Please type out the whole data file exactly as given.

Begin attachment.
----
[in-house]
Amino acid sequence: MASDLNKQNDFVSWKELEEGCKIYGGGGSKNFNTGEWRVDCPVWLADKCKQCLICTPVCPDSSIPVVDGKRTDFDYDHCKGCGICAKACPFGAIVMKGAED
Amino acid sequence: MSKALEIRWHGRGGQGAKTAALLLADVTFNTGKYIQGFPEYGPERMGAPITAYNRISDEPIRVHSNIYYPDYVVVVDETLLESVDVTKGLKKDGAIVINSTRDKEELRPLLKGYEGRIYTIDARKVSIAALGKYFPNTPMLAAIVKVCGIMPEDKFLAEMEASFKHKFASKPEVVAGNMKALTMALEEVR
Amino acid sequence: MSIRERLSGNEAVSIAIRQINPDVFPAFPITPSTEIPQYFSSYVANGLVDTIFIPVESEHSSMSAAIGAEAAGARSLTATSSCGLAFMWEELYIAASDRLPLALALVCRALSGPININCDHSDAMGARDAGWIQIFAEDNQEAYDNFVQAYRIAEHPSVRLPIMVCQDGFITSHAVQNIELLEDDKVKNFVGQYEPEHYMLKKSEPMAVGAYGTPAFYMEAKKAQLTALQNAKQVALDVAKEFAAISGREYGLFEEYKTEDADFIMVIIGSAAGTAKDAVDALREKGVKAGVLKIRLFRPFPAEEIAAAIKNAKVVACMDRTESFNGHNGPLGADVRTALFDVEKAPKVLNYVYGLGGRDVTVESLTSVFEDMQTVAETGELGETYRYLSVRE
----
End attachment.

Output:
[in-house]
Amino acid sequence: MASDLNKQNDFVSWKELEEGCKIYGGGGSKNFNTGEWRVDCPVWLADKCKQCLICTPVCPDSSIPVVDGKRTDFDYDHCKGCGICAKACPFGAIVMKGAED
Amino acid sequence: MSKALEIRWHGRGGQGAKTAALLLADVTFNTGKYIQGFPEYGPERMGAPITAYNRISDEPIRVHSNIYYPDYVVVVDETLLESVDVTKGLKKDGAIVINSTRDKEELRPLLKGYEGRIYTIDARKVSIAALGKYFPNTPMLAAIVKVCGIMPEDKFLAEMEASFKHKFASKPEVVAGNMKALTMALEEVR
Amino acid sequence: MSIRERLSGNEAVSIAIRQINPDVFPAFPITPSTEIPQYFSSYVANGLVDTIFIPVESEHSSMSAAIGAEAAGARSLTATSSCGLAFMWEELYIAASDRLPLALALVCRALSGPININCDHSDAMGARDAGWIQIFAEDNQEAYDNFVQAYRIAEHPSVRLPIMVCQDGFITSHAVQNIELLEDDKVKNFVGQYEPEHYMLKKSEPMAVGAYGTPAFYMEAKKAQLTALQNAKQVALDVAKEFAAISGREYGLFEEYKTEDADFIMVIIGSAAGTAKDAVDALREKGVKAGVLKIRLFRPFPAEEIAAAIKNAKVVACMDRTESFNGHNGPLGADVRTALFDVEKAPKVLNYVYGLGGRDVTVESLTSVFEDMQTVAETGELGETYRYLSVRE